One of my favorite places to do an easy, scenic three-mile walk is along West Lake Cowdry Road. I park near the Lake Darling/Lake Cowdry bridge and hike along the road next to the lake.
Normally all the road signs along West Lake Cowdry Road are tucked behind long grass and tree foliage. But yesterday, because most of the fall leaves have already blown off the trees, the road signs stuck out like neon-lighted sore thumbs.
That’s when I realized what an incredibly hostile place West Lake Cowdry Road really is. Hostile and scary and downright intimidating.
Inviting little paths warned of dire consequences if I trespassed or hunted (I often hike with a shotgun, but luckily I left it at home yesterday).
And if just one sign isn’t intimidating enough, be sure to stick another one next to it that has the words "criminal" and “forbidden” and “prosecuted” in it. That’ll keep us curious hikers out of your inviting little country lane.
We can walk on the pavement, but wander six feet from the asphalt? Well, we’ve been warned. There are plenty of places to dispose of a body out here in long-grass country.
Another leaf-strewn lane announces that we might go in, but we’ll never come out.
Slow down for kids (not to mention little old ladies) who might be walking on this road. I was grateful for that one.
No parking—and if you don’t believe that sign, there’s another one reminding you twenty feet away. And twenty feet from that one. And twenty feet from that one.
Let me guess. You don’t want me to go here either.
As intriguing as this little creek looks, don’t be tempted. No loitering, no fishing. The whole time I was taking this picture, I marched in place to avoid that classic loitering look of slouching and leaning.
Oops, can’t loiter or fish by this culvert either. ‘Scuse me, I’ve got to keep moving.Along this little stretch, you can’t do anything as the four signs warn “no parking, no fishing, no loitering, no parking (again), and no speeding.” Whew—that’s a lot of signs in a row, even for West Lake Cowdry Road.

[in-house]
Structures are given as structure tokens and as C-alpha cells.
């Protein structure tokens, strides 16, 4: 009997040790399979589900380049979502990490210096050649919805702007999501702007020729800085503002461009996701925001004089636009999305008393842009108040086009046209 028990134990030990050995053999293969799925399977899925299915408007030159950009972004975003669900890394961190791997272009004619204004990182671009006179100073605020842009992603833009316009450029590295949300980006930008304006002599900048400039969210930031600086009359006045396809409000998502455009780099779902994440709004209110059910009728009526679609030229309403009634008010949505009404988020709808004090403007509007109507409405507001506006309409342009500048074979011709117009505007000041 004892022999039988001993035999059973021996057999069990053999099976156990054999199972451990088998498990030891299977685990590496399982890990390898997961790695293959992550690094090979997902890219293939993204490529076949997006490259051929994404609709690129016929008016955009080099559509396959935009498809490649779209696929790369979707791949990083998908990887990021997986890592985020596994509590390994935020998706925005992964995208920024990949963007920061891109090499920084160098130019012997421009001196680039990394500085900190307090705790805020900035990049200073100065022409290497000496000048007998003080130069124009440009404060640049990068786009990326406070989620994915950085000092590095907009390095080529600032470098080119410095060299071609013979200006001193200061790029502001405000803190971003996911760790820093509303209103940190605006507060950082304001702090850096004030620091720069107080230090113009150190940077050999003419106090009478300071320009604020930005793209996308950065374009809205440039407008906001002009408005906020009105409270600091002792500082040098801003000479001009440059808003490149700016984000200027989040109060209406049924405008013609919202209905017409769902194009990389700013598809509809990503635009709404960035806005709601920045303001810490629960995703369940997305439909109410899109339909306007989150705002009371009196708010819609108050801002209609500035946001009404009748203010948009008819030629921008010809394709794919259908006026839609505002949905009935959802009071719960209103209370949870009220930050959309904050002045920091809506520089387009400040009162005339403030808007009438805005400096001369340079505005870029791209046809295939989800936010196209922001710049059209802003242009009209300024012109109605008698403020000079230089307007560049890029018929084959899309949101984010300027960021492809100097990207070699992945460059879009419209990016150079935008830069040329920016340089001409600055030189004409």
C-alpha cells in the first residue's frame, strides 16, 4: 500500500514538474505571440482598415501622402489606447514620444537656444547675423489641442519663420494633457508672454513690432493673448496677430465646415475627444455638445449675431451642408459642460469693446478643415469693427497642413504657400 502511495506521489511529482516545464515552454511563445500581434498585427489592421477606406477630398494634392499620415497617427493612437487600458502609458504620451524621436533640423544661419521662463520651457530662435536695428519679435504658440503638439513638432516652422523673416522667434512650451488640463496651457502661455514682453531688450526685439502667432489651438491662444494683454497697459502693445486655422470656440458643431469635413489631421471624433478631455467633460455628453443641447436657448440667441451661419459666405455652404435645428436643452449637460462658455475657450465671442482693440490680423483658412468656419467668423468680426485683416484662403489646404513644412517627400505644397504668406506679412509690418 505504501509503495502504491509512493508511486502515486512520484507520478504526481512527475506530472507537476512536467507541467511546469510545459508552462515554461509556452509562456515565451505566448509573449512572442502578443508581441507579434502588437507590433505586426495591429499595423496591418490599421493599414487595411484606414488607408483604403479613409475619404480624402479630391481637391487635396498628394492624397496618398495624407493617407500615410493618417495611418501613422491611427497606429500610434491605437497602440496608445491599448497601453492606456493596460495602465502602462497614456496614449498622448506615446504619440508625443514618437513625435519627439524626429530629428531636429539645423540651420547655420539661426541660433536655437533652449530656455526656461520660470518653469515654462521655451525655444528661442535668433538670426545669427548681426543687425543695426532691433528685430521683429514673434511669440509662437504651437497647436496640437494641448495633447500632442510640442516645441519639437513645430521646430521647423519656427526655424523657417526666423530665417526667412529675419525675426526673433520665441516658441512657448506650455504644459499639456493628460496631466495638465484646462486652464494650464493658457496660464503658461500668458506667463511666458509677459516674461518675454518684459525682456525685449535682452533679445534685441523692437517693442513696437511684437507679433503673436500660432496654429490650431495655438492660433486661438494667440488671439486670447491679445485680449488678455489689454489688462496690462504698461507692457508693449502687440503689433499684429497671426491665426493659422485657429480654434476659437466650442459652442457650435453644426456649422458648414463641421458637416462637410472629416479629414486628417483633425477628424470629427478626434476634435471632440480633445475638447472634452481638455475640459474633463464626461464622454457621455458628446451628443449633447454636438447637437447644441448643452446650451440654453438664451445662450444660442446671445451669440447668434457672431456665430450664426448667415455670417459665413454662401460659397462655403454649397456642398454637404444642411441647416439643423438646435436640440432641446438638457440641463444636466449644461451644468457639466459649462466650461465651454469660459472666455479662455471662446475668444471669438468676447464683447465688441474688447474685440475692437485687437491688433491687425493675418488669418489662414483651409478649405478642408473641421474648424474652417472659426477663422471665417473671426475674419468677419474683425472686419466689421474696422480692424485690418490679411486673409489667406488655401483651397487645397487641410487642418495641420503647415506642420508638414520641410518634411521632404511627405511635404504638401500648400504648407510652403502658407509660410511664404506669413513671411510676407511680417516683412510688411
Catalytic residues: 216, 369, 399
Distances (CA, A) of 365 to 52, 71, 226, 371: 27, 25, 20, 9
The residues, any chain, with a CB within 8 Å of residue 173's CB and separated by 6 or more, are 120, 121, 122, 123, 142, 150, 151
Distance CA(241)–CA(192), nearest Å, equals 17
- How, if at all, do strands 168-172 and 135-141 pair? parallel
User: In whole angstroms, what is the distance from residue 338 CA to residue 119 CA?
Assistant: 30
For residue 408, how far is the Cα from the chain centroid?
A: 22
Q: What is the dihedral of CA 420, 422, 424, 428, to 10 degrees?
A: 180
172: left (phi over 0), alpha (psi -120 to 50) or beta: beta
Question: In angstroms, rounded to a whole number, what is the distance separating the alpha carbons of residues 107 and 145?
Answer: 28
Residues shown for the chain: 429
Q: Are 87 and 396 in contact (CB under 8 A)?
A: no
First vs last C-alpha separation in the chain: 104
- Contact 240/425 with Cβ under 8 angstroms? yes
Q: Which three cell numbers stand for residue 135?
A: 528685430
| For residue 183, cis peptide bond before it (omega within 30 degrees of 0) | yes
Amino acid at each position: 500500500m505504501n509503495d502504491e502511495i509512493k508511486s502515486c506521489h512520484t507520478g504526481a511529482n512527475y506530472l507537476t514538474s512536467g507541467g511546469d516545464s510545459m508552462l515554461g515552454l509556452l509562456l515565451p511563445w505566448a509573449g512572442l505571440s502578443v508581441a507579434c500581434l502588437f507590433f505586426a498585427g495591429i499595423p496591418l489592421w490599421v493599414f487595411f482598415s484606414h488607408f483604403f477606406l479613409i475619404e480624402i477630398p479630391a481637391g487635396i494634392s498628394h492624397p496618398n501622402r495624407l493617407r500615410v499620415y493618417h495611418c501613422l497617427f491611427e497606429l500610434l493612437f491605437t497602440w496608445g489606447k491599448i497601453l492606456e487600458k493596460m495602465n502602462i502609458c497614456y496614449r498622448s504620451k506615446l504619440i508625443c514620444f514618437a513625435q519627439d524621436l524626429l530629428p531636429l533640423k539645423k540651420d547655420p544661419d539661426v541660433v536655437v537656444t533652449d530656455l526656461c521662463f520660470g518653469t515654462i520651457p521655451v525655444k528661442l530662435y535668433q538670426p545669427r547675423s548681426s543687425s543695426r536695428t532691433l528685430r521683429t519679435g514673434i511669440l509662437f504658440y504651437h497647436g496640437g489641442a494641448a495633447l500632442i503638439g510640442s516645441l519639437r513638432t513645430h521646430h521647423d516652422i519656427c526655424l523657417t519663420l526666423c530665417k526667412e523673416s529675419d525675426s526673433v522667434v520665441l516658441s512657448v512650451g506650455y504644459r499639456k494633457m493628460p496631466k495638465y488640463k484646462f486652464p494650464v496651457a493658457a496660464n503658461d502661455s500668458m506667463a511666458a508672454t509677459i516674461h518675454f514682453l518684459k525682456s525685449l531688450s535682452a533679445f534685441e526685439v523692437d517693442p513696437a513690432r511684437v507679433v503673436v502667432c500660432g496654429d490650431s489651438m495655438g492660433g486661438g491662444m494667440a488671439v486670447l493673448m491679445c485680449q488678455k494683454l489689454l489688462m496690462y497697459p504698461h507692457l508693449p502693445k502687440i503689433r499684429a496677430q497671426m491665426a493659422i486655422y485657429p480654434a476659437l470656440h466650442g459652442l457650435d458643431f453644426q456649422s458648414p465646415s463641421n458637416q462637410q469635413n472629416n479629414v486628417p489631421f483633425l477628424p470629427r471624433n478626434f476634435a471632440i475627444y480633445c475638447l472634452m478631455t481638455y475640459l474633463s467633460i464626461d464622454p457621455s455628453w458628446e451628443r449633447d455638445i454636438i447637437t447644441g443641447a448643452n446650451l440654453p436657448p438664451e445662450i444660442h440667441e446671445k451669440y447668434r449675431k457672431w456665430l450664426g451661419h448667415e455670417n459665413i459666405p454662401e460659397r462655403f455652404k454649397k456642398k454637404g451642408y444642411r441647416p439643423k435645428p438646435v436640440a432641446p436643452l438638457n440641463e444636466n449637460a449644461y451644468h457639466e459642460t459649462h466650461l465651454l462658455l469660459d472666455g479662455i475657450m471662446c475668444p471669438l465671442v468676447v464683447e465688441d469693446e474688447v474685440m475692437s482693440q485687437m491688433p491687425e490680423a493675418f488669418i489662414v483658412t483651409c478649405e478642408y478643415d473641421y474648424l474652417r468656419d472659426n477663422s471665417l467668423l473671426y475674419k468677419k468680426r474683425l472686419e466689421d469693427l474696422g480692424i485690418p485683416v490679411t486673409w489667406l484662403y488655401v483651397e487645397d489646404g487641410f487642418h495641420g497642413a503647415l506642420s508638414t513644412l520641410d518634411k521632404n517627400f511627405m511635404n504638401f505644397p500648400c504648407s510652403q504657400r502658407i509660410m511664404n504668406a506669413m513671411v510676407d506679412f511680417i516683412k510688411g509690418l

Every hundred feet or so, one of these yellow signs warns the uninformed that we shouldn’t be digging. I was grateful for the reminder because like most hikers, I was carrying a shovel.
The Cowdry/Darling creek bridge sported a big “Caution” sign, so I took the little path down the bank (cautiously, of course), curious to see what I was supposed to be cautious about.
This is all I found. It didn’t look too fraught with danger to me. (Fraught? Is fraught a word? If it isn’t, it should be.)
Ah, finally, a friendly gesture. As a passerby, it made me feel mighty welcome. I was, however, by this time suspicious that it was just a trick. I may be naive, but I wasn't about to fall for the old "Rest Stop" con game. I just kept moving along.
When I got back to my car, I realized that I had inadvertently parked right next to green high voltage box. Expecting the worst, I cautiously touched the metal handle of my car to open the door. Luckily the high voltage must have been momentarily turned down because I didn’t even get one of those carpet-shock jolts. I narrowly averted danger once again.
I think I like it better when all the leaves and grass of summer cover the hostile West Lake Cowdry Road signs. By the time I got home, I felt like I had risked my life to walk those dangerous three miles.